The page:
Who dating justin long
There are extant but three works of Justin, of which the authenticity is assured: the two "Apologies" and the "Dialogue". 450, finished on 11 September, 1364; and Claromont. Apologeten" in "Texte and Untersuchungen", I, Leipzig, 1883, i, 73-89; Archambault, "Justin, Dialogue a vec Tryphon", Paris, 1909, p. There are many large gaps in this manuscript, thus II Apol., ii, is almost entirely wanting, but it has been found possible to restore the manuscript text from a quotation of Eusebius (Hist. The "Dialogue" was dedicated to a certain Marcus Pompeius (exli, viii); it must therefore have been preceded by a dedicatory epistle and probably by an introduction or preface; both are lacking. There are other less important gaps and many faulty transcriptions. From all of this we may conclude that the "Apology" was written somewhere between 153 and 155.
82, written in 1571, actually at Cheltenham, in the possession of M. In the seventy-fourth chapter a large part must also be missing, comprising the end of the first book and the beginning of the second (Zahn, "Zeitschr. Kirchengesch.", VIII, 1885, 37 sq., Bardenhewer, "Gesch. There being no other manuscript, the correction of this one is very difficult; conjectures have been often quite unhappy, and Krüger, the latest editor of the "Apology", has scarsely done more than return to the text of the manuscript. The Prefect of Egypt, Felix (I, xxix, 2), occupied this charge in September, 151, probably from 150 to about 154 (Grenfell-Hunt, "Oxyrhinchus Papyri", II, London, 1899, 163, 175; cf. The second "Apology", as already said, is an appendix to the first and must have been written shortly afterwards.
The names of the father and grandfather of Justin suggest a pagan origin, and he speaks of himself as uncircumcised (Dialogue, xxviii).
A Peripatetic whom he then found welcomed him at first but afterwards demanded a fee from him; this proved that he was not a philosopher.The Prefect Rusticus says: If you do not obey, you will be tortured without mercy.Justin replies: That is our desire, to be tortured for Our Lord, Jesus Christ, and so to be saved, for that will give us salvation and firm confidence at the more terrible universal tribunal of Our Lord and Saviour.His conversion must have taken place at the latest towards A. This interview is evidently not described exactly as it took place, and yet the account cannot be wholly fictitious. eccl., IV, xviii, 6), was "the best known Jew of that time", which description the historian may have borrowed from the introduction to the "Dialogue", now lost. Volkes", 3rd ed., II, 377 seq., 555 seq., cf., however, Herford, "Christianity in Talmud and Midrash", London, 1903, 156).It is possible to identify in a general way this Tryphon with the Rabbi Tarphon often mentioned in the Talmud (Schürer, "Gesch. The place of the interview is not definitely told, but Ephesus is clearly enough indicated; the literary setting lacks neither probability nor life, the chance meetings under the porticoes, the groups of curious onlookers who stop a while and then disperse during the inteviews, offer a vivid picture of such extemporary conferences. Justin lived certainly some time at Ephesus; the Acts of his martyrdom tell us that he went to Rome twice and lived "near the baths of Timothy with a man named Martin".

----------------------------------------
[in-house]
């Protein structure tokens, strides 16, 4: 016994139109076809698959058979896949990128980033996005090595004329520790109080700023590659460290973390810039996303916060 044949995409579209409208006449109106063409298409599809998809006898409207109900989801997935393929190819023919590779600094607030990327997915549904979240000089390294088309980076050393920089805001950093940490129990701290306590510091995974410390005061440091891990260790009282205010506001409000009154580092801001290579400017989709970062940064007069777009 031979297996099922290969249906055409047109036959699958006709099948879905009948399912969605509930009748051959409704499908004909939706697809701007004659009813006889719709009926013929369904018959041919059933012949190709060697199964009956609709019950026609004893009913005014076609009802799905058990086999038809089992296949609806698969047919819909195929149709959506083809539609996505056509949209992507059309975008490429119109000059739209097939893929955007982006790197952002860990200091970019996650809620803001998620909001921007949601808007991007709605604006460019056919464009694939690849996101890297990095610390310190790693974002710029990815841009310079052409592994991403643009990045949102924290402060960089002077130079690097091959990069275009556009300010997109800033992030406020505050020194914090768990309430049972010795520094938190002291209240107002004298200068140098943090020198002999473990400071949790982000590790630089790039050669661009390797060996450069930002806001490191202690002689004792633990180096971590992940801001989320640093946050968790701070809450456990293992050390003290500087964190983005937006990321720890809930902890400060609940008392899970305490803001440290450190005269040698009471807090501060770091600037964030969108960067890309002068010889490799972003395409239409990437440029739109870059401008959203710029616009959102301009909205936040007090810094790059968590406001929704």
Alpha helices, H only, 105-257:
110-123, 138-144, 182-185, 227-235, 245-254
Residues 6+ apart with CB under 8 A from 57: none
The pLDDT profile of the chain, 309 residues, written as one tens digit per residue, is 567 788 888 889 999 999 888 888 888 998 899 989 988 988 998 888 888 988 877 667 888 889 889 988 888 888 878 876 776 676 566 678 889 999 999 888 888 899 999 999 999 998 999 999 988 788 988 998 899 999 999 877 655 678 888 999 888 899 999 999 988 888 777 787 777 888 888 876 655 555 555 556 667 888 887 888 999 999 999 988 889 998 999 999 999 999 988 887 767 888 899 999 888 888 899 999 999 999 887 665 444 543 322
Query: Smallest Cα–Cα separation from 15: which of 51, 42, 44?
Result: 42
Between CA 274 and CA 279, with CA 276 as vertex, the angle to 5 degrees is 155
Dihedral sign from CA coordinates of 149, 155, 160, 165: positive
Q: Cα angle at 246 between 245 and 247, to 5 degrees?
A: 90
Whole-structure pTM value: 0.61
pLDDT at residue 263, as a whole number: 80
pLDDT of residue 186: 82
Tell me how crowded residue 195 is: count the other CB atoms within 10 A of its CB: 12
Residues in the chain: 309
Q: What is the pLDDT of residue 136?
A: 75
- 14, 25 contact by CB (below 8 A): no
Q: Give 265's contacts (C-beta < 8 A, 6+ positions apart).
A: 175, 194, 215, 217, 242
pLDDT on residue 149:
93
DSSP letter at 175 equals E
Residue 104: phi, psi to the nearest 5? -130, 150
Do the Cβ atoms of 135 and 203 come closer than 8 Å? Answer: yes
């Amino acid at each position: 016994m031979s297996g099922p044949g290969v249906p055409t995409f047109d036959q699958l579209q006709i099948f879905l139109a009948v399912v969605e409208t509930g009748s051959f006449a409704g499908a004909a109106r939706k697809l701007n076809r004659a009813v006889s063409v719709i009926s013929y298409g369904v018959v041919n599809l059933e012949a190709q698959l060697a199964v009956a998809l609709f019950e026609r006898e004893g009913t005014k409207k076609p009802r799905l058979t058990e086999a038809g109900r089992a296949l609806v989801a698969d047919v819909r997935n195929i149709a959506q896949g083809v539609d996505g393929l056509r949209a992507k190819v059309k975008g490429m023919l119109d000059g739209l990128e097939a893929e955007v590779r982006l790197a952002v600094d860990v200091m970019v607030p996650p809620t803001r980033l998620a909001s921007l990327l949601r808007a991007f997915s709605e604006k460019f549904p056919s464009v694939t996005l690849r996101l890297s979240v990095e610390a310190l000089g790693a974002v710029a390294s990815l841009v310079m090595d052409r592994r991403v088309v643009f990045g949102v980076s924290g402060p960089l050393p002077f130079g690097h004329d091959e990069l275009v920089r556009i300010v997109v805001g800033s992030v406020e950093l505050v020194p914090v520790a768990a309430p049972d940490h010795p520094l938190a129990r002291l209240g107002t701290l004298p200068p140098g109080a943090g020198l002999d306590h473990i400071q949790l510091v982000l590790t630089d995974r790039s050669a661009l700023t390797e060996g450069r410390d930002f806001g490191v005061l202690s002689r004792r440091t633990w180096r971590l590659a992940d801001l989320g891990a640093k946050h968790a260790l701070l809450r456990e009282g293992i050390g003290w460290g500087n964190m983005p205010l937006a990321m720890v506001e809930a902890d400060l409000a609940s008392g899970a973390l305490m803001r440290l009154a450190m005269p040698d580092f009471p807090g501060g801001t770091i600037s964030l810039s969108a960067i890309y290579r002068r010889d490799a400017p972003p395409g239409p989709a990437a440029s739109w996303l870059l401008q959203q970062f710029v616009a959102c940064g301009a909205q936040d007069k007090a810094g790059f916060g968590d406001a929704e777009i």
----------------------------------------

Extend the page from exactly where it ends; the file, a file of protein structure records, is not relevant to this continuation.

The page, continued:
Both accounts exhibit the two aspects of Christianity that most strongly influenced St.